I did not set out to write a multi-part series on the Blue Ridge Mountain evictions, but as the original post became longer and longer, I decided to split it into parts, all of which I will post in upcoming days. Be sure you read parts One, Two, and Three, Four, and Five.
My Blue Ridge Mountain Home Eviction: Part 6
In 1934, all 465 families who lived in the future Shenandoah National Park were evicted from their homes.
Many of my relatives were among them, including four of my great grandparents, and a great many uncles, aunts, and cousins, the McDaniels, Turners, Colliers, Meadows, and Mericas. But this part of the story is about the Colliers.
Durrett and Mary Collier gathered up their belongings, walked out the door of their mountain home for the last time, left their garden and orchard and the springs and brooks that had sustained them, and went on down the mountain to start all over somewhere else.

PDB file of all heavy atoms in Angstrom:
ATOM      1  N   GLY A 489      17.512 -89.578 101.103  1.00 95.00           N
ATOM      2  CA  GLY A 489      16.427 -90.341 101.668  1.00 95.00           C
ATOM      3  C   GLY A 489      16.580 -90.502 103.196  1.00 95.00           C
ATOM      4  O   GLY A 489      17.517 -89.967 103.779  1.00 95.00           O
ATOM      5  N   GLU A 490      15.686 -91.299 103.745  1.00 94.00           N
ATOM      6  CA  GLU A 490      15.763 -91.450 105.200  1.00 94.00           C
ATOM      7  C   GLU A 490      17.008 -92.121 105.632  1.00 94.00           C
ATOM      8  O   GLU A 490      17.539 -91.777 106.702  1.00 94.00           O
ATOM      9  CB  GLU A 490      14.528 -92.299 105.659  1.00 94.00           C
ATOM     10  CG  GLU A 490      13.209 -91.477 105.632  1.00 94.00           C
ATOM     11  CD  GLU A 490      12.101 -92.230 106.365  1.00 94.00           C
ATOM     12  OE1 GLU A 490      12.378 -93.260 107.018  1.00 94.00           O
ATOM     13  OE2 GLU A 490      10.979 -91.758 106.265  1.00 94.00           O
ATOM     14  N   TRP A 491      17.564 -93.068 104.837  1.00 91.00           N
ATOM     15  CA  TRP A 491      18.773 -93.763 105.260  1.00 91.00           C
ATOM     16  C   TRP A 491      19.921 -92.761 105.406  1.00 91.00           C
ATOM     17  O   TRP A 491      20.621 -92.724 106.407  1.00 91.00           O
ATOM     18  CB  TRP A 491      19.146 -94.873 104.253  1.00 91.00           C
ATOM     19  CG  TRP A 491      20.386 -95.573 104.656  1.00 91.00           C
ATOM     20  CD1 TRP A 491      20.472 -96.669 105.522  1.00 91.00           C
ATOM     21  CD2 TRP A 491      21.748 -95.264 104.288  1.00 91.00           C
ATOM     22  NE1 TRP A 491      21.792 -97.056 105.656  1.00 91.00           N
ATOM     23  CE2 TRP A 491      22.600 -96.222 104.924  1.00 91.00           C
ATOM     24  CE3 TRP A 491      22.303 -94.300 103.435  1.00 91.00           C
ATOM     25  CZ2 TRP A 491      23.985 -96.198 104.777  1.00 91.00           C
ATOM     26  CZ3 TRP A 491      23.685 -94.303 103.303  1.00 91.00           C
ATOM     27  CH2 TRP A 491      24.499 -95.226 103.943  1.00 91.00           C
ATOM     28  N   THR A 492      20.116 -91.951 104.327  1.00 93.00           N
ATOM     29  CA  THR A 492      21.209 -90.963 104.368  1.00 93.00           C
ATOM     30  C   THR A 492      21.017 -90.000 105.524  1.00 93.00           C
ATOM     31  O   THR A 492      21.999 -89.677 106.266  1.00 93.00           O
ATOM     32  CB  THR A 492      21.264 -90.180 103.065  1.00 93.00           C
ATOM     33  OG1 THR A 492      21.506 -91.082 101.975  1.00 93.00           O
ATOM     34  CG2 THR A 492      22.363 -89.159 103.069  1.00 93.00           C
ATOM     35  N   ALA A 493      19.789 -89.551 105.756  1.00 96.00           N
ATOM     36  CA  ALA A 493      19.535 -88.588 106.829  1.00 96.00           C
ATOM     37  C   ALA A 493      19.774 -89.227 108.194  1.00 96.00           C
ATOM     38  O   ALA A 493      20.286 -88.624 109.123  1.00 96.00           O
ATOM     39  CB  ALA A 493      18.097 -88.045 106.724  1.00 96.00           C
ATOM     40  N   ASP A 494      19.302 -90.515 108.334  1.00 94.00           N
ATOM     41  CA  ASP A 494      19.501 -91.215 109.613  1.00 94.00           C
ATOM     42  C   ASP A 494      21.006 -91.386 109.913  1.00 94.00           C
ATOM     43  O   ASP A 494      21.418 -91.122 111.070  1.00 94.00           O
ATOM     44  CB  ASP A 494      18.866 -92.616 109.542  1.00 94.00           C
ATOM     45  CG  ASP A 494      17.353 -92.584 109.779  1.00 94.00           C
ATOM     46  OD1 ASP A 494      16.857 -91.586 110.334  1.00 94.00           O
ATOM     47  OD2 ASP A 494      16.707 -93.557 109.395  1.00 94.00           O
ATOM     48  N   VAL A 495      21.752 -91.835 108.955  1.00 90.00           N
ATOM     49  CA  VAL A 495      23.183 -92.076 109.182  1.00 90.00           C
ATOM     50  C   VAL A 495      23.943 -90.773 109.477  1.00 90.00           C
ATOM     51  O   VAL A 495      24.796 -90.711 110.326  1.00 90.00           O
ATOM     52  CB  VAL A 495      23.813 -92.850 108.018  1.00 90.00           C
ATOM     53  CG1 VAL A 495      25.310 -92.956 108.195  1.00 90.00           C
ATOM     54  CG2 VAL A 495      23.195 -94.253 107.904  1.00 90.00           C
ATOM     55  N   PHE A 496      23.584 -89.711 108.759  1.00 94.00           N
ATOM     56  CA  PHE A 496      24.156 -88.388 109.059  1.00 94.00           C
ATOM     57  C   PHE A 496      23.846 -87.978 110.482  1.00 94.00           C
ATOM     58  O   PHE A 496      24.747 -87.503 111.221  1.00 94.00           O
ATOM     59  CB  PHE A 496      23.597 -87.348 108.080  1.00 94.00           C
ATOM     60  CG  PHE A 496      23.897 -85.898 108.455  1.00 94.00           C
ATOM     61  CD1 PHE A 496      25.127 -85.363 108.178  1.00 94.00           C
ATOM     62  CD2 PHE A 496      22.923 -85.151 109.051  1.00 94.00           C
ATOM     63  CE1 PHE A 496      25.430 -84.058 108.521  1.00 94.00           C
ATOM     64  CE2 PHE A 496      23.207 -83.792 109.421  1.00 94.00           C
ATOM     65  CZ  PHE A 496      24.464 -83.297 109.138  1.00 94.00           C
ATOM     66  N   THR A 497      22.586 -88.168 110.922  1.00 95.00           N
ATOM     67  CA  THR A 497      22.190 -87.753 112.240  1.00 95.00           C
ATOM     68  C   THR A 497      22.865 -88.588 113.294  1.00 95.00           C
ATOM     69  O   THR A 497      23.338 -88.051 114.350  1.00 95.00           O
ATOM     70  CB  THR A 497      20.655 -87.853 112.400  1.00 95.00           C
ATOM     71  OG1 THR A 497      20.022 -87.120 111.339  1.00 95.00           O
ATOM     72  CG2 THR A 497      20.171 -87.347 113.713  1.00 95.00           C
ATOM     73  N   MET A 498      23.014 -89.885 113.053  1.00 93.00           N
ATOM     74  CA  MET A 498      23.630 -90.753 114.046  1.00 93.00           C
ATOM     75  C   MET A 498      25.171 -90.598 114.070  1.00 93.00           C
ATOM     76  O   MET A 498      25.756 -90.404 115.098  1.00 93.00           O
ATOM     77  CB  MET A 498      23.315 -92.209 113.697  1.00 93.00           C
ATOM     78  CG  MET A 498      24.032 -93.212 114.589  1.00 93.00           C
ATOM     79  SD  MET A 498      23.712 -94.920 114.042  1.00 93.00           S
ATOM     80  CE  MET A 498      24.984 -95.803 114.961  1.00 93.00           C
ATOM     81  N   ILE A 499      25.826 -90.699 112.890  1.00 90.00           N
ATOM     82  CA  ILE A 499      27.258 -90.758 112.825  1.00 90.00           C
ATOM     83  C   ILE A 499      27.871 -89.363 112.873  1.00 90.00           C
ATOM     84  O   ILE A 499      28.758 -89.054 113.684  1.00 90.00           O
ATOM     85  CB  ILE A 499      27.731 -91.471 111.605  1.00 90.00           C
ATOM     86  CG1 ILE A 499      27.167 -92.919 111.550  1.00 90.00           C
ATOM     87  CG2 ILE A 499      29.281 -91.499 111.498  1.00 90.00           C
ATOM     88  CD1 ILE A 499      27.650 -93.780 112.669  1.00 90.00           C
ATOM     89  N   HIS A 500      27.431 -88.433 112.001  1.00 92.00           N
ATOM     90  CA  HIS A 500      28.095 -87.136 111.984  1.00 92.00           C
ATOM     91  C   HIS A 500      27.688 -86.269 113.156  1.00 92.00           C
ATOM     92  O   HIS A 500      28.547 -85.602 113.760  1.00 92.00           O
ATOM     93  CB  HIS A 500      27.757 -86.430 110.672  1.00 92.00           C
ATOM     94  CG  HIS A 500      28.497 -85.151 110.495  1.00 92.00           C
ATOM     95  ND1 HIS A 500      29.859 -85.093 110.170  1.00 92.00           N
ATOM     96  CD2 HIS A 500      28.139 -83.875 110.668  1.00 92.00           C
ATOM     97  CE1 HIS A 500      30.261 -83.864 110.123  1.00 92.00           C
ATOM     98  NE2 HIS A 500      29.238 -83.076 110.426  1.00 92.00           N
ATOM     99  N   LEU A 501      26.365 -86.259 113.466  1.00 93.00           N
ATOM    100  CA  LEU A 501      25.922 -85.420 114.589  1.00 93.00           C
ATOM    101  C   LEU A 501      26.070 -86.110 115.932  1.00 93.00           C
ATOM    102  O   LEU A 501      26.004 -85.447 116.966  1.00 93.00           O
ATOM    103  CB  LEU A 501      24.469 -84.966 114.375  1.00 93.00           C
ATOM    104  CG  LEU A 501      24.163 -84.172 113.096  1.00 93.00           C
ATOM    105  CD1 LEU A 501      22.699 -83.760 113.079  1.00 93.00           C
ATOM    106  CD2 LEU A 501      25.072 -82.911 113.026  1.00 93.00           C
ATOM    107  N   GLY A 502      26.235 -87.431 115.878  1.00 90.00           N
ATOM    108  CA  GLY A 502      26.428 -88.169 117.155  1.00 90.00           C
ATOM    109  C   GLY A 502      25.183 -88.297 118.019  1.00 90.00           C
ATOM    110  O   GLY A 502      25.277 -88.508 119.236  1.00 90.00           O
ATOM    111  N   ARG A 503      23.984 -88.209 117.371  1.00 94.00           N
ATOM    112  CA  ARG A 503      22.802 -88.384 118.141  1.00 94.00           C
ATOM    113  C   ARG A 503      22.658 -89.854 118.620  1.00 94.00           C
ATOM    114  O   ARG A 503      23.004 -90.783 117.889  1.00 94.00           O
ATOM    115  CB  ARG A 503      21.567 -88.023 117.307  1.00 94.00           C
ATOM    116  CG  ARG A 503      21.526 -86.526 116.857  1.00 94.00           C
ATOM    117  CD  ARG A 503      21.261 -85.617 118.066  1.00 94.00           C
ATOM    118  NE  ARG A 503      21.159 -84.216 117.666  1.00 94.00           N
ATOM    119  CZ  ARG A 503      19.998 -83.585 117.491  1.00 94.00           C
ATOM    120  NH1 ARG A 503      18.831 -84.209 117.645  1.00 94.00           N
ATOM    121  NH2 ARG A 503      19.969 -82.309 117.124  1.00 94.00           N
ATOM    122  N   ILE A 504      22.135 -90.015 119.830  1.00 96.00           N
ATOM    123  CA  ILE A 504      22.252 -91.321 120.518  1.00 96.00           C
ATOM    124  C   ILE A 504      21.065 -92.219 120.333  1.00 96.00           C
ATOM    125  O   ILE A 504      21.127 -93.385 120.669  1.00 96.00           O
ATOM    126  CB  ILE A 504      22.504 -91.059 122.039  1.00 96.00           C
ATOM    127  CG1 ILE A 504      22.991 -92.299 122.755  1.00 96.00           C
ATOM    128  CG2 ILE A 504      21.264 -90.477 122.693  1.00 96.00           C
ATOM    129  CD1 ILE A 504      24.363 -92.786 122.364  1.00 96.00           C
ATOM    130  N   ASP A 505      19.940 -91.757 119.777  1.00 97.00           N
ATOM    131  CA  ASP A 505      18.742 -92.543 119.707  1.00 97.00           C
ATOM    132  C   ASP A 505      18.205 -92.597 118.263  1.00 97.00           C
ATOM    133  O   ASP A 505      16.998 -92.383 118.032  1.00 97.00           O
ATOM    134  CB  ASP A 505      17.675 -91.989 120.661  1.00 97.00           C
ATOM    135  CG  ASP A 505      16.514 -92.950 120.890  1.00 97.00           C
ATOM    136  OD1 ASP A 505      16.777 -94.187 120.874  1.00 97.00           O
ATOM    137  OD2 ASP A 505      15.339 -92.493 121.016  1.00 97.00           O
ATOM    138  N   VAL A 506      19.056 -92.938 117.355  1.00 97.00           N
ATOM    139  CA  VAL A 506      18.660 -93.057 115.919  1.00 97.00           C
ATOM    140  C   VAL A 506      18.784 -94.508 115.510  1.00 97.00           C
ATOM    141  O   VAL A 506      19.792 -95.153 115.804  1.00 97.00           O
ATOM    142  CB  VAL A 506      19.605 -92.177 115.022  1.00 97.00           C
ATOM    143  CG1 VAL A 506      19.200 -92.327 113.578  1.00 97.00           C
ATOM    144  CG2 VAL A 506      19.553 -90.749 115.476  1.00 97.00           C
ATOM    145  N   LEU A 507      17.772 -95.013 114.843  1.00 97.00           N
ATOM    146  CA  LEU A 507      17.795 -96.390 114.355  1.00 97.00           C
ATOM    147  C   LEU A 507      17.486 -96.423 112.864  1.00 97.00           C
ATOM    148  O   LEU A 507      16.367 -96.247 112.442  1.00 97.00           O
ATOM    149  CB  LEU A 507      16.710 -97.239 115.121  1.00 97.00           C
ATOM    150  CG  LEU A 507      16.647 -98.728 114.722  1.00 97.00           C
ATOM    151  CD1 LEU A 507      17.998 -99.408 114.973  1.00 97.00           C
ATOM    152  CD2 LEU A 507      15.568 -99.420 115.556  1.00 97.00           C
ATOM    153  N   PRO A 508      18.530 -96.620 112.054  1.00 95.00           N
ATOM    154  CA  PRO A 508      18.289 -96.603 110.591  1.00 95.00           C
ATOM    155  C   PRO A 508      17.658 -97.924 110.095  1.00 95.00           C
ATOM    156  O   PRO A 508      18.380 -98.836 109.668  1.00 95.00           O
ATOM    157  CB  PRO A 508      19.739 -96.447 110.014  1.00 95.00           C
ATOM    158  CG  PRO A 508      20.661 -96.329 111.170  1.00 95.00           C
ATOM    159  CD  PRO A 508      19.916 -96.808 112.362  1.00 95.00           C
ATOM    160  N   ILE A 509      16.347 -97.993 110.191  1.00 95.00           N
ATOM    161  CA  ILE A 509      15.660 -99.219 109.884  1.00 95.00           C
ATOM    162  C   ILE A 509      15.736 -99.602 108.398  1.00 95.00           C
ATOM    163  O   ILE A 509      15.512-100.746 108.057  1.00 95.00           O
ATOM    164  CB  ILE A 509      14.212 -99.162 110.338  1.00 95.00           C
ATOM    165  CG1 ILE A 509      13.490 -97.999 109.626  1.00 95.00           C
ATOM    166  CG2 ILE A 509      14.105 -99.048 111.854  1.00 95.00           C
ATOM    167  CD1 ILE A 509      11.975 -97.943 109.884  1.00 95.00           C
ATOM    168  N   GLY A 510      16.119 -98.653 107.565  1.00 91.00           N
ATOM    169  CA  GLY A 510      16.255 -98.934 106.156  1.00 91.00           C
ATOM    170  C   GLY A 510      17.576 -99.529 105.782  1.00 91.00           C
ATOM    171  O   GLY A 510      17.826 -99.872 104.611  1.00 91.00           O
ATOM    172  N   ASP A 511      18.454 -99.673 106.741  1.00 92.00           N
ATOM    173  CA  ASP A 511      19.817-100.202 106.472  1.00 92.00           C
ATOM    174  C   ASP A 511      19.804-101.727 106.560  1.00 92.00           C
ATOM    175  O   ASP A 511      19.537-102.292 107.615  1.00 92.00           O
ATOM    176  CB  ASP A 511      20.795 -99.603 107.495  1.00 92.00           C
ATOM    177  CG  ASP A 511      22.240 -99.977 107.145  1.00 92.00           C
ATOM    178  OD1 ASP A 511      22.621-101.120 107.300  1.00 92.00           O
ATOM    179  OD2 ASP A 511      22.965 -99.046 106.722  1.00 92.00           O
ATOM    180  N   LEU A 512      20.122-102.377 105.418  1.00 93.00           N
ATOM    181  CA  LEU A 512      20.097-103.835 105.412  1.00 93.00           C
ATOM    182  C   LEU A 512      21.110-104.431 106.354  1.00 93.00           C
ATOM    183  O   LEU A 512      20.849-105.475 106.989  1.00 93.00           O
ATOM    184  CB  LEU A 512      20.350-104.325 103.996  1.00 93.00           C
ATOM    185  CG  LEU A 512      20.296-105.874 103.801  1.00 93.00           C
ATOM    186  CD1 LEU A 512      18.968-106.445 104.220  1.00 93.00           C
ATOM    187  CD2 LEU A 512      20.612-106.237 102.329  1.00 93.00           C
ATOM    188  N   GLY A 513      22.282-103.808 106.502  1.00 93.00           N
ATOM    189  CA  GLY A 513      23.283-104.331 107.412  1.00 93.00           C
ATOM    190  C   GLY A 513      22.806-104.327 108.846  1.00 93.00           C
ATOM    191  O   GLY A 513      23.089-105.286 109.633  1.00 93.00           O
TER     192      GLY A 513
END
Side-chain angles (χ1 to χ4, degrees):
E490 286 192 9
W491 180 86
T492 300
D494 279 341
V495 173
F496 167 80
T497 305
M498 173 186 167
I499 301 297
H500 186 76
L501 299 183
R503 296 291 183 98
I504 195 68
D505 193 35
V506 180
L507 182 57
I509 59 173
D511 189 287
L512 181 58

They used the settlement cash from the government to buy a house at the base of Green Mountain in Jollett Hollow, set about building a new life, and there the family stayed for another 60 or so years until the last of them, a great grandson of Durrett and Mary, Kenneth Meadows, died.
I don’t know who owns the land now. Perhaps Kenneth’s children. Or perhaps that land fell out of the family. I was not offered the chance to buy it from those third cousins, who would not remember ever meeting me or even recall that I exist. Still, a bit of me belongs to that place, for the times I visited, the stories my mother has told me, and the blood ties I shared with its inhabitants.
My great grandparents and their community of neighbors missed their mountains. They didn’t move to the valleys; they built their houses at the edge of the new park, where their homes clung like barnacles to the sloping mountain bases.
There are mountain people, and there are valley people, and I guess you know who you are. If clinging to its base was as near as they could get to their mountains, so be it.
Some of them moved on with their lives, but some could not let go. Eviction is a powerful tool, and should never be used lightly. That’s why our courts have set up stringent requirements before evictions can be initiated, in any case.